The Leeuwenhoek ‘Museum’

The Leeuwenhoek display in the Oude Kerk, Delft. Except for an even smaller panel in the Prinsenhof, this seems to be the only display in Delft to commemorate the work of the ‘Father of Microbiology’. Surely his birthplace and hometown can do better than this for one of the great pioneers of Science?

'Leeuwenhoek Museum'


6 thoughts on “The Leeuwenhoek ‘Museum’

  1. YES! I was just there at the end of July, happy to find the Oulde Kerk display but so sad that there wasn’t a museum and signs chronicling his life in the way Vermeer’s is. This is one of the most important people in the history of science and technology!

  2. I fully agree. My late husband and I, both biologists, visited Delft in the late 1970’s, not for the art, not for the china, but rather to pay homage to the father of microbiology. We asked the Delft residents whom we met where we could find his house, or a museum honoring him. To our utter amazement, no one in Delft had even HEARD of him. What a travesty!

  3. The same can be said about Johannes Diederik van der Waals, who has only a tiny place in the Boerhaave Museum in Leiden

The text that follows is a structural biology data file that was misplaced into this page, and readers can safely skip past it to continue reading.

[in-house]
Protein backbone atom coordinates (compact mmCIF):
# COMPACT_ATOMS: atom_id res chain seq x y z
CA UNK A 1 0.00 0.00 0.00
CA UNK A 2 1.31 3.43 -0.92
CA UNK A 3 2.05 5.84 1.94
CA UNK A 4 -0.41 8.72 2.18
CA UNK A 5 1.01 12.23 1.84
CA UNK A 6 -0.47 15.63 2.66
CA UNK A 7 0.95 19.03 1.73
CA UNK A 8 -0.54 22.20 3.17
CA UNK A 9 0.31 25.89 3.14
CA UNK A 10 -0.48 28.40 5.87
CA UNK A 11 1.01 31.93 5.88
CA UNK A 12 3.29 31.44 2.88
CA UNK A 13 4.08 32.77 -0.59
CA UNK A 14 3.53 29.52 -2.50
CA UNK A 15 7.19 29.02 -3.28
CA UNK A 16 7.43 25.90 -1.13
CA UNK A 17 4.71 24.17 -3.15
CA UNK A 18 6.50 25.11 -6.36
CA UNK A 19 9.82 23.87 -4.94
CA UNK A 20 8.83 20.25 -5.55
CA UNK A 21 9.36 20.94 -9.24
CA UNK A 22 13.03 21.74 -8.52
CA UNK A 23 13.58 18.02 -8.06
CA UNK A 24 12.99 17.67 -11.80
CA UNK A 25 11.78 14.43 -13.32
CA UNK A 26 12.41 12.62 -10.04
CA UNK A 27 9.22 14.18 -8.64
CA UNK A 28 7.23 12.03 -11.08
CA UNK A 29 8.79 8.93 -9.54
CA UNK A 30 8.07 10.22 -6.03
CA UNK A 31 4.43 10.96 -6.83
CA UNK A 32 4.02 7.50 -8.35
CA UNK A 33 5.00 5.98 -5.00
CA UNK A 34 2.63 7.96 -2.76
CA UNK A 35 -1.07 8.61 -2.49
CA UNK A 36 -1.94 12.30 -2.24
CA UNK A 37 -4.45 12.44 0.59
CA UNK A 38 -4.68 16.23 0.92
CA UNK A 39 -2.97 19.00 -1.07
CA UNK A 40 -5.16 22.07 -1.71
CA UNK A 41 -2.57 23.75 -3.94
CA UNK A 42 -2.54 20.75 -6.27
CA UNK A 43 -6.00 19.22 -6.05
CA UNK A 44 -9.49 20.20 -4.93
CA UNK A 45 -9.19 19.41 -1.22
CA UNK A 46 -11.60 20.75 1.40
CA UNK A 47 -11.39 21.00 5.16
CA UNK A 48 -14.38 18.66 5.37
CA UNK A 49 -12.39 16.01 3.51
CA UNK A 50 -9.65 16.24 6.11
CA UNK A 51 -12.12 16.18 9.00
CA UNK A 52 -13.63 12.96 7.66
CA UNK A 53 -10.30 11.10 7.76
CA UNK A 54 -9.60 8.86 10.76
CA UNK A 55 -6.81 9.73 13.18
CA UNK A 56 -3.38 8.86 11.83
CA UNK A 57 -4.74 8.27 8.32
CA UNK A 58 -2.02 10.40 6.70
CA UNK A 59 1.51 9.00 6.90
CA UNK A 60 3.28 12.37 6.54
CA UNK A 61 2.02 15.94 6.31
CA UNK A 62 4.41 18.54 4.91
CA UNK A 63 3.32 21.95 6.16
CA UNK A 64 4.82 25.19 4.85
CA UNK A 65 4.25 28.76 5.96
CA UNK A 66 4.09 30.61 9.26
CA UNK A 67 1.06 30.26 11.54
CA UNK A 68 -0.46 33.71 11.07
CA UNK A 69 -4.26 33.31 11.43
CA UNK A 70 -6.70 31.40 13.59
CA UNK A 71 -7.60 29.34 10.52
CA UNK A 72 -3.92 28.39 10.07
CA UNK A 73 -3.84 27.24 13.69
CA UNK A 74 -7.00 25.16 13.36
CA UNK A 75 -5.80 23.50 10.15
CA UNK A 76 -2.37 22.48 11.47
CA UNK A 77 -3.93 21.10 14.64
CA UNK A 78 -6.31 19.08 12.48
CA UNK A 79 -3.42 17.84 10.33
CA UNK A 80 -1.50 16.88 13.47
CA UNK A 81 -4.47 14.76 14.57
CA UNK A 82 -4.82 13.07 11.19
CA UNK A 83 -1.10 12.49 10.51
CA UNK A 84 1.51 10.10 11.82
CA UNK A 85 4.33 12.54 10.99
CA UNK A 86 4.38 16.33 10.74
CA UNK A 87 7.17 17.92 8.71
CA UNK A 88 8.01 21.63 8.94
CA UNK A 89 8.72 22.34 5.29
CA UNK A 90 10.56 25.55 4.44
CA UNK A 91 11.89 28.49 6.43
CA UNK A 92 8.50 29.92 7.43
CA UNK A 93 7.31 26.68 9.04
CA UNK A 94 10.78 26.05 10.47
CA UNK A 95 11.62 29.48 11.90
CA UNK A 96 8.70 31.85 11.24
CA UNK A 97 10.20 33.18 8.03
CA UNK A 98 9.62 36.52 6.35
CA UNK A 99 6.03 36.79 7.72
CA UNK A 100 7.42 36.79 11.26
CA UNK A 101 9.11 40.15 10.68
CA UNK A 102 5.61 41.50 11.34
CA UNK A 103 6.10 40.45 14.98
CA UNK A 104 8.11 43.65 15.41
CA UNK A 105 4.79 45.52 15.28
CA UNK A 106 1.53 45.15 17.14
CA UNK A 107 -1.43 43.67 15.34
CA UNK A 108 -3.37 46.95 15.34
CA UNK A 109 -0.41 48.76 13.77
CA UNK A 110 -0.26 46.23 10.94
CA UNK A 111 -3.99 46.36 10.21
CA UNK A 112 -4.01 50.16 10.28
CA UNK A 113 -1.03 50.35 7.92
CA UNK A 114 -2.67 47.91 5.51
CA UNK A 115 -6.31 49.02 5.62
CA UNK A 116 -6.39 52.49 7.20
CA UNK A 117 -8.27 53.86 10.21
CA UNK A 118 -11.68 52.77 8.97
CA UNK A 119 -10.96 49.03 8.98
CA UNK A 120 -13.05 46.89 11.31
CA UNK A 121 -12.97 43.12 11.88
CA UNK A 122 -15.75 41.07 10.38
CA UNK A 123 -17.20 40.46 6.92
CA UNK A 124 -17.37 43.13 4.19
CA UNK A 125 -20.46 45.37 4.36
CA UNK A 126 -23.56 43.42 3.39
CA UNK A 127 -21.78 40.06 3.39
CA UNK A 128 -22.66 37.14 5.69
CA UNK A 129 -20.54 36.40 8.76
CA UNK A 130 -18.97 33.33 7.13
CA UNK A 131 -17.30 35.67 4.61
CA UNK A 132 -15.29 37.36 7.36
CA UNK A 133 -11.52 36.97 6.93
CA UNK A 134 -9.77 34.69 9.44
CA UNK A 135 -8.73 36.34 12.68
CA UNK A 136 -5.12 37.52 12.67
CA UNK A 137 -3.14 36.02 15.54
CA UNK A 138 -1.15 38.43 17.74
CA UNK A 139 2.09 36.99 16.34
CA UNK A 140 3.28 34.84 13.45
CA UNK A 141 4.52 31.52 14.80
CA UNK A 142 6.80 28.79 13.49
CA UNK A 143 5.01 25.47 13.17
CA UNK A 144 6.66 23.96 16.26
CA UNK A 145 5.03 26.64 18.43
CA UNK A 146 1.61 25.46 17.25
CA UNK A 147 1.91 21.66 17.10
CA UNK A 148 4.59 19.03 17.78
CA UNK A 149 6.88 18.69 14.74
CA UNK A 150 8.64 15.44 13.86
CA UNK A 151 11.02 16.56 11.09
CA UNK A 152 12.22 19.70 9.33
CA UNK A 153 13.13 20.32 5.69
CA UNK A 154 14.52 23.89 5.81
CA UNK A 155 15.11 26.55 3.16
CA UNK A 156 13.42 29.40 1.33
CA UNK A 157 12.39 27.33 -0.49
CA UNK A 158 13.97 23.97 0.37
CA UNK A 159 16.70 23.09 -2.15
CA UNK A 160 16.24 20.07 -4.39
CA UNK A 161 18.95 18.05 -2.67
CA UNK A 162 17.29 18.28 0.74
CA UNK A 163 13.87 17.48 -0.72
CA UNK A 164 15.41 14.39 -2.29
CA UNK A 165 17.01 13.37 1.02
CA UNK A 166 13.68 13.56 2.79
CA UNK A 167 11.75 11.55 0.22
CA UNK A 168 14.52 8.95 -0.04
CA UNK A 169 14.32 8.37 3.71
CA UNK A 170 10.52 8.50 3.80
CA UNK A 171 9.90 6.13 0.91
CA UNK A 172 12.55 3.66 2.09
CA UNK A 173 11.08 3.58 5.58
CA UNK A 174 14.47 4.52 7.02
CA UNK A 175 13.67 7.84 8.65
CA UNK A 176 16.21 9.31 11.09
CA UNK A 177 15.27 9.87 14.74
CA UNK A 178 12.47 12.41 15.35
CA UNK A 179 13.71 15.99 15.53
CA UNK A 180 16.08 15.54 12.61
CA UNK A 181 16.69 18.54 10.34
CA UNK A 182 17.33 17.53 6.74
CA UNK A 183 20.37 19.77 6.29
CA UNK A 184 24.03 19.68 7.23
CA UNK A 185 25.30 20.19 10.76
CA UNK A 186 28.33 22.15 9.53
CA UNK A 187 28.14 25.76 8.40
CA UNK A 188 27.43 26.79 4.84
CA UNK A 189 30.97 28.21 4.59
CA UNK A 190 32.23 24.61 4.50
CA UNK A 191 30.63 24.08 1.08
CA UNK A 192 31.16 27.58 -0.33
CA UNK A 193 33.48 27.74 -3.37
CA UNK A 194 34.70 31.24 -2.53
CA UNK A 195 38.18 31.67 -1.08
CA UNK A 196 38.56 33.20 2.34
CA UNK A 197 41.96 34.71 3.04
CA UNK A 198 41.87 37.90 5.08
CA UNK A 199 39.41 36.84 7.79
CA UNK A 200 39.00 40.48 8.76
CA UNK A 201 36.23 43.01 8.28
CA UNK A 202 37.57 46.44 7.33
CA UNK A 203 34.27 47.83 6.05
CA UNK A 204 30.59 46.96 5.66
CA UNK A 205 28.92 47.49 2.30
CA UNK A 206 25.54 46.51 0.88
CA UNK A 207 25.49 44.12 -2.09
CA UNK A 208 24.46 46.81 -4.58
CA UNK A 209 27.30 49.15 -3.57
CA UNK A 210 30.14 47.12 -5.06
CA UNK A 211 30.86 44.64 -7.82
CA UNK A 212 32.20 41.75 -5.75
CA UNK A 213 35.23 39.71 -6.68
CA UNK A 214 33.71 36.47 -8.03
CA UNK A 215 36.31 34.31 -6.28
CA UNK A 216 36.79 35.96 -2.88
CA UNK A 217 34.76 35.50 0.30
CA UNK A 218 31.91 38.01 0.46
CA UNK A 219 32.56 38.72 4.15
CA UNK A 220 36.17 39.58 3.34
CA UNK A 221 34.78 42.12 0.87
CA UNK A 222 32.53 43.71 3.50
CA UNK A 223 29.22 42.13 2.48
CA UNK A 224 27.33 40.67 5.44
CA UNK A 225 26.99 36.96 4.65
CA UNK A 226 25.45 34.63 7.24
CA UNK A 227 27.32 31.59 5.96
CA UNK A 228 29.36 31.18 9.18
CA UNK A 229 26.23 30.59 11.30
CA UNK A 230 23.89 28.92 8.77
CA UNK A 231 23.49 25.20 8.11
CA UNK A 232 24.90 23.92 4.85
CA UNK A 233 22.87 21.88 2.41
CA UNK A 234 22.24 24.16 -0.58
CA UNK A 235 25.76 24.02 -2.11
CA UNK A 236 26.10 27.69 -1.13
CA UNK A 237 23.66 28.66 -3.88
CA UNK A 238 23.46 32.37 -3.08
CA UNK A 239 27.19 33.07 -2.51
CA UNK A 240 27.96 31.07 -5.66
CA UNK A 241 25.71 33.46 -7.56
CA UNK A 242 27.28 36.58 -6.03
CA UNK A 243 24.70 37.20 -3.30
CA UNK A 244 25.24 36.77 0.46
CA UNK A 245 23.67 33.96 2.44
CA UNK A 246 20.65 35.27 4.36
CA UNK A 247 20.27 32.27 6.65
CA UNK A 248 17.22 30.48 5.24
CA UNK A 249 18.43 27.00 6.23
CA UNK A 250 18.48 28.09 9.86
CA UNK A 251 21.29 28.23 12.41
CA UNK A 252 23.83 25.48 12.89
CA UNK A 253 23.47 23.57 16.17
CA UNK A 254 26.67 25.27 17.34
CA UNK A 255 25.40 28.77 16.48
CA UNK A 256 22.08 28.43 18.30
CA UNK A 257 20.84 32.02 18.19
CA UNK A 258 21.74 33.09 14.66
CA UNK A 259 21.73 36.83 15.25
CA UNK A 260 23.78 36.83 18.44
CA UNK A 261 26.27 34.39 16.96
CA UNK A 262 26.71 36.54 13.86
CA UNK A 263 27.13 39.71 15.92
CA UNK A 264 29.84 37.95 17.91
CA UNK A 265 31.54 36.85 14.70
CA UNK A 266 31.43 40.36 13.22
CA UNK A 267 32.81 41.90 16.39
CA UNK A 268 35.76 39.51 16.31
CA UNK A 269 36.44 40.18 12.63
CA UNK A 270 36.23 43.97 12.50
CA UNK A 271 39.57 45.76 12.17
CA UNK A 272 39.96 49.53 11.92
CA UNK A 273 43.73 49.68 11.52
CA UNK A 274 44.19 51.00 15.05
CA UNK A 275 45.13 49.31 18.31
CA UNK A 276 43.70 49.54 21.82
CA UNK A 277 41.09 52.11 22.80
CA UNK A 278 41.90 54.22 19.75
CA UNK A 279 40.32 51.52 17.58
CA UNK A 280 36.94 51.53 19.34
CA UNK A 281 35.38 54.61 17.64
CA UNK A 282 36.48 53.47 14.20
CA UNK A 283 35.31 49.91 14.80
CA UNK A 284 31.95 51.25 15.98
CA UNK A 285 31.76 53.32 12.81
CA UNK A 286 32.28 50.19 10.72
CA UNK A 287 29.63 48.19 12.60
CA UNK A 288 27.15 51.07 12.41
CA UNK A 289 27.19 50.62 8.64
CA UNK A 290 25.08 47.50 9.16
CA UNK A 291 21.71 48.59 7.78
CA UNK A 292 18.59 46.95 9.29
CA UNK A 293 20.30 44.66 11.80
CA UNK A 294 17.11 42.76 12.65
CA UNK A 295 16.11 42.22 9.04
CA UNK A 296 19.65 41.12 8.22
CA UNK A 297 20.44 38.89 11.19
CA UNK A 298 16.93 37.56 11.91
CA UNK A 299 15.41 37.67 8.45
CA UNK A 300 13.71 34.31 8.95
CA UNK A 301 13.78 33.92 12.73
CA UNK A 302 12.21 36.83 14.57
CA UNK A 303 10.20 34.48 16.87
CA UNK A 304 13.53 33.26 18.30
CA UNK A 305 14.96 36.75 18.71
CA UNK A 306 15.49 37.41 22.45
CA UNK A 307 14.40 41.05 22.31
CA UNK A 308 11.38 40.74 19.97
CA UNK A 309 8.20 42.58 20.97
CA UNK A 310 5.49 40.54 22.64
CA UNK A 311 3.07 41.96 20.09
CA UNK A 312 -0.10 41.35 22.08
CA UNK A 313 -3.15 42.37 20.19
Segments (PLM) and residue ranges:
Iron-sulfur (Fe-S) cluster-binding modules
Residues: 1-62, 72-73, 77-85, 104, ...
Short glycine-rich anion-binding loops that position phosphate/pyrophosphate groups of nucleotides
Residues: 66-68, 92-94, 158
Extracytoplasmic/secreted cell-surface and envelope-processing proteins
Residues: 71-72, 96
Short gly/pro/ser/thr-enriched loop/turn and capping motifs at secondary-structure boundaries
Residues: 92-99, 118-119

4. To Whom It May Concern;

    I am the executive director of the The Hideyo Noguchi Memorial Museum in Fukushima, Japan. Dr. Hideyo Noguchi is a Japanese bacteriologist who had worked at the Rockefeller Institute in New York during 1904~1928 and contributed to the research on syphilus, Oroya fever and yellow fever.

    Currently we are expanding the building of the Museum, and in the expanded building we are planning to have a corner of “History of bacteriology”.

    In that corner, we would like to exhibit a portrait picture of Dr. Antonie van Leewenhoek. We would appreciate it very much if you could rent us a portrait picture(s) of Dr. Leewenhook for the exhibition.

    Looking forward to have you reply soonest.

    With best regards,


    Yoshifumi Takeda, MD, Ph.D.
    Exective Director
    Hideyo Noguchi Memorial Museum
    81 Maeda, Mitsuwa, Inawashiro, Fukushima 969-3284

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